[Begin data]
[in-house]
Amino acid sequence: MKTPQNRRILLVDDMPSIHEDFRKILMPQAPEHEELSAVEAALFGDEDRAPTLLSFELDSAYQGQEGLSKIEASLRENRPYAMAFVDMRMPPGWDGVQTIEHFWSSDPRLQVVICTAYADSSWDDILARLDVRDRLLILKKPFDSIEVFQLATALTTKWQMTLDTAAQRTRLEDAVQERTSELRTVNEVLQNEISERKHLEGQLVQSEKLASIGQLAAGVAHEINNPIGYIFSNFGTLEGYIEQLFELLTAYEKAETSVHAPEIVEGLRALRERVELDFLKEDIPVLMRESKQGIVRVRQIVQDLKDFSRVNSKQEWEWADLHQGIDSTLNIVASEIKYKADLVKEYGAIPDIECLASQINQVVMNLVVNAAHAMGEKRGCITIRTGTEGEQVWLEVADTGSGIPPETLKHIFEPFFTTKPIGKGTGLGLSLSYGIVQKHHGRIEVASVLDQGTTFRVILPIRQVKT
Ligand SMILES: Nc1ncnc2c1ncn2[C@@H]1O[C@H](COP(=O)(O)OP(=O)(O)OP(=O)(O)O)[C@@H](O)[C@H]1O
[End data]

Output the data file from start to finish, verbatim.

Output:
[in-house]
Amino acid sequence: MKTPQNRRILLVDDMPSIHEDFRKILMPQAPEHEELSAVEAALFGDEDRAPTLLSFELDSAYQGQEGLSKIEASLRENRPYAMAFVDMRMPPGWDGVQTIEHFWSSDPRLQVVICTAYADSSWDDILARLDVRDRLLILKKPFDSIEVFQLATALTTKWQMTLDTAAQRTRLEDAVQERTSELRTVNEVLQNEISERKHLEGQLVQSEKLASIGQLAAGVAHEINNPIGYIFSNFGTLEGYIEQLFELLTAYEKAETSVHAPEIVEGLRALRERVELDFLKEDIPVLMRESKQGIVRVRQIVQDLKDFSRVNSKQEWEWADLHQGIDSTLNIVASEIKYKADLVKEYGAIPDIECLASQINQVVMNLVVNAAHAMGEKRGCITIRTGTEGEQVWLEVADTGSGIPPETLKHIFEPFFTTKPIGKGTGLGLSLSYGIVQKHHGRIEVASVLDQGTTFRVILPIRQVKT
Ligand SMILES: Nc1ncnc2c1ncn2[C@@H]1O[C@H](COP(=O)(O)OP(=O)(O)OP(=O)(O)O)[C@@H](O)[C@H]1O